To see almost 500 magazine covers and pages, look out for my book, A History of British Magazine Design, from the Victoria & Albert Museum, the world’s leading museum of art and design

£3300 on eBay for the first Monroe magazine cover

November 1, 2015
Leader magazine led the world in putting Marilyn Monroe on its cover in April 1946

Leader magazine led the world in putting Marilyn Monroe on its cover in April 1946

Can you believe it? A threepenny weekly magazine from 13 April 1946 sells on eBay for $5,100.99 – that’s£3,302 – after 45 bids. Gobsmacking, but it’s true. And the reason? It’s the first magazine to show Norma Jeane Mortenson, also known as Norma Jeane and later pin-up model and Hollywood star Marilyn Monroe, on its cover.

That’s four years before her first decent film role in All About Eve and seven years before the Playboy first issue cover.

According to the listing, this is the ‘first solo cover in the world’ of Norma Jeane, with the British weekly predating the April 26 issue of Family Circle in the USA picturing Norma Jeane holding a baby lamb on the cover:

This issue of Leader is a complete 28 page double-staple bound style pulp magazine in very good condition. Cover photo is the same Andre de Dienes ‘M.M.’ photograph which appeared a second time in France only a few months later on the cover of the September 3 1946 issue of Votre Amie (‘Your Friend’). The Leader cover photo was published in black and white, while the negative was flipped and photo colorised for its appearance on the cover of Votre Amie.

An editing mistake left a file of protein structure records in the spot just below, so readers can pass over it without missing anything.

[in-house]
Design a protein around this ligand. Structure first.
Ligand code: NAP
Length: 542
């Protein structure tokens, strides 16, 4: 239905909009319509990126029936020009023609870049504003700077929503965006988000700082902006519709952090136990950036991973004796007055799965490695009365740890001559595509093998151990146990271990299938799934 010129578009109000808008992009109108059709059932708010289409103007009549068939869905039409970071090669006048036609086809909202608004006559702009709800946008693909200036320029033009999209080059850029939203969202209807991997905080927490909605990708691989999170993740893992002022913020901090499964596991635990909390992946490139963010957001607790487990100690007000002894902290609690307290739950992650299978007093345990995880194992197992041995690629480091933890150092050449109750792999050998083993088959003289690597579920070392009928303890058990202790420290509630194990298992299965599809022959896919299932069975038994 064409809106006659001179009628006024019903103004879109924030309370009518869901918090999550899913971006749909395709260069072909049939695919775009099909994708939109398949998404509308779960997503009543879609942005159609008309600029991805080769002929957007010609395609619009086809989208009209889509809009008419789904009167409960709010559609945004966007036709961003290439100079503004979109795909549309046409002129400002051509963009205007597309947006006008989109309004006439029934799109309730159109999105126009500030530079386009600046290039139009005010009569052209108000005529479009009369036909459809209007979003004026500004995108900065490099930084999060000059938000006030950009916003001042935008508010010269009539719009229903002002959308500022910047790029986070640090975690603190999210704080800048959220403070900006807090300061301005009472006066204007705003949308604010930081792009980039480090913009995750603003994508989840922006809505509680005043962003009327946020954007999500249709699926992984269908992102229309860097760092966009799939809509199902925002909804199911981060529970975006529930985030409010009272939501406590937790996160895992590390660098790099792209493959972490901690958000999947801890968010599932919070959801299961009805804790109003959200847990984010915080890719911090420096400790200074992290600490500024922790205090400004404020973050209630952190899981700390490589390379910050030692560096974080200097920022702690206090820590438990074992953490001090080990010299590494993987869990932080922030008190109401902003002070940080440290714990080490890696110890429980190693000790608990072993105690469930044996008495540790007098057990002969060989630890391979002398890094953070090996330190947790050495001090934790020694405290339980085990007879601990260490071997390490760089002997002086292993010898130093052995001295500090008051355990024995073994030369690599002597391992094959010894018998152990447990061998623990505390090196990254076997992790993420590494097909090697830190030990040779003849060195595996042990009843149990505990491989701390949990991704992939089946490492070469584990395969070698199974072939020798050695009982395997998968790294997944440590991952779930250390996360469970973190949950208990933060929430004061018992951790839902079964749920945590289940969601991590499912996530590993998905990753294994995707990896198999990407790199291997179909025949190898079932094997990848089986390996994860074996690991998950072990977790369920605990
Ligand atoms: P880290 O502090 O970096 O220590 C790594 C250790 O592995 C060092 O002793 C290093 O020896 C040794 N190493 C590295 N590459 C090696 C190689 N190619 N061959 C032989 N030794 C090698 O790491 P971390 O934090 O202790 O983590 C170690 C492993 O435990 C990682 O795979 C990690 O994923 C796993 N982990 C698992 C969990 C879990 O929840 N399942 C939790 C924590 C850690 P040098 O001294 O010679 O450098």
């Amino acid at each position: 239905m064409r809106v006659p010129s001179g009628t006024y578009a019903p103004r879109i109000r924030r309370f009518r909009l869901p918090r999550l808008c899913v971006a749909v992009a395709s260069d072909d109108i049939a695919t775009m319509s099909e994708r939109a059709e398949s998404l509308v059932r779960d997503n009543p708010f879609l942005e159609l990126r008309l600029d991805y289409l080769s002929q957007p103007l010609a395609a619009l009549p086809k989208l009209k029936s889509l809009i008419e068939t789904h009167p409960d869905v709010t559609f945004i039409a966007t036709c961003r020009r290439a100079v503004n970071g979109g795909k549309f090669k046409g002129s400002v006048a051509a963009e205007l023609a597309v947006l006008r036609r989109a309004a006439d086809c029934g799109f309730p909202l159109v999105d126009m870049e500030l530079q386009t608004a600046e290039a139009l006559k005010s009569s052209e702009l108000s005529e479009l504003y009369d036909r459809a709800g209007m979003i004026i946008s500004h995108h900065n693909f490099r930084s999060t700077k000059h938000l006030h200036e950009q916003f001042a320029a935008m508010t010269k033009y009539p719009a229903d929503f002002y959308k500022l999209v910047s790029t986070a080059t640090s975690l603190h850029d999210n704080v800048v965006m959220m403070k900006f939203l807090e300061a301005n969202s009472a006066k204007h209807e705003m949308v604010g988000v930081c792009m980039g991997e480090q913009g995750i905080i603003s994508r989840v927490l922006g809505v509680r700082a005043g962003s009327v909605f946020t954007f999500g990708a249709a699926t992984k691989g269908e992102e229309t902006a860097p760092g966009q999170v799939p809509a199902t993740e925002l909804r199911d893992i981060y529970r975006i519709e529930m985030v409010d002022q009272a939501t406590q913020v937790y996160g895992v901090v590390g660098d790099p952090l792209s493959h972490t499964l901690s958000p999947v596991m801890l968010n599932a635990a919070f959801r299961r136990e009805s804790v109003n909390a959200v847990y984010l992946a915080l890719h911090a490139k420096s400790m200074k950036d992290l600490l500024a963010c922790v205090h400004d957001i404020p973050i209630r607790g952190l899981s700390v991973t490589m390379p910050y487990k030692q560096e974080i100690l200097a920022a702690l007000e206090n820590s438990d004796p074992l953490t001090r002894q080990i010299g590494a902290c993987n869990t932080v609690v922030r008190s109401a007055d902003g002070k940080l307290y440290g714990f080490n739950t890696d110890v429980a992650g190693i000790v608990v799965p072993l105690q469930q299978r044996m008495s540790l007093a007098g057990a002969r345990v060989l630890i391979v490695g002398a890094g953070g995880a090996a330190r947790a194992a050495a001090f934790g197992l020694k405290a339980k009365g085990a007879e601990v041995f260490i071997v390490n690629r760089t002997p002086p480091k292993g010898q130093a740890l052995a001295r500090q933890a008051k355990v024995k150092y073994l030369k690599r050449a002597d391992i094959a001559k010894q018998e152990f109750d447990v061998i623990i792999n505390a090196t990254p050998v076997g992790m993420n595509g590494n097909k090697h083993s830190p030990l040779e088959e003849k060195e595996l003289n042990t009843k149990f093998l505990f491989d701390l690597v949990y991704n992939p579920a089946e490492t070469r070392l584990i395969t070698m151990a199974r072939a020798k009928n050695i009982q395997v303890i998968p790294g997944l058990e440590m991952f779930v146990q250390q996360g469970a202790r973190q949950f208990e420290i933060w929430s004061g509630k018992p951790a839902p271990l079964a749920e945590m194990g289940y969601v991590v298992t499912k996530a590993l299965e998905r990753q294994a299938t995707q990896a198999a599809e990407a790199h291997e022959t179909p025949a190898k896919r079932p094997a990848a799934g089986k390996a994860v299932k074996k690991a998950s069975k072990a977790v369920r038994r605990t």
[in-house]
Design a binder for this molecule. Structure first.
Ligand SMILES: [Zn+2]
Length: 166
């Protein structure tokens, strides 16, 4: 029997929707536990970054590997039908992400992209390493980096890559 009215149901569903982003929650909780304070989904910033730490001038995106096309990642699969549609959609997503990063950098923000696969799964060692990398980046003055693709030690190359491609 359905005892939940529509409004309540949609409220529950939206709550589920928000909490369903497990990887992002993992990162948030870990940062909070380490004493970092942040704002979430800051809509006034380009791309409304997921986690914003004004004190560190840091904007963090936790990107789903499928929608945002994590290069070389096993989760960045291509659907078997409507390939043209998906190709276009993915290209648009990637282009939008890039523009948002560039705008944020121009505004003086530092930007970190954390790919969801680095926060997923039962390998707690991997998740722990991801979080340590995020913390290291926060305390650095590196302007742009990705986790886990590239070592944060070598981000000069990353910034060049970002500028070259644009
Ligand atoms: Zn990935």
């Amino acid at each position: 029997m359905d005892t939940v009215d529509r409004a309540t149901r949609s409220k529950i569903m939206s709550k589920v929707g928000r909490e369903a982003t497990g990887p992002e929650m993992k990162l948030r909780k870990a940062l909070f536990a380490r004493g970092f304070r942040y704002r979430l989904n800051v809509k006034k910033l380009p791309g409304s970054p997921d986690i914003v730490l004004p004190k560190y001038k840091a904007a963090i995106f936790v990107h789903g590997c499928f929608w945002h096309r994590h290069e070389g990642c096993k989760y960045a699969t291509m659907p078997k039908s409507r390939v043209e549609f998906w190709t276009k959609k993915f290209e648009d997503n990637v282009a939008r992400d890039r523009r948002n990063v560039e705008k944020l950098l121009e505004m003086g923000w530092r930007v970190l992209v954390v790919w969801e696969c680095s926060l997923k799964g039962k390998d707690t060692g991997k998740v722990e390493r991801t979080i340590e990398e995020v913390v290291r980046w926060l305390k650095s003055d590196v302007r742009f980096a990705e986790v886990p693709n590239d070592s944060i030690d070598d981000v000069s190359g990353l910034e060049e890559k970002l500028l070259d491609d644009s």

The same seller also sold a copy of that Votre Amie cover for £900 on eBay.

Leader was at this time published by Hulton Press, whose other magazines included Lilliput, Picture Post and the Eagle.

>>Leader magazine history

 

One for the magazine collector

August 15, 2015

I spoke to James Hyman last year who runs the Hyman Archive and I send people there when they start thinking they have a problem storing their magazine collection. This is just a great picture (and links to a video from his website):

James Hyman in his archive - happy as a...?

James Hyman in his archive – happy as a…?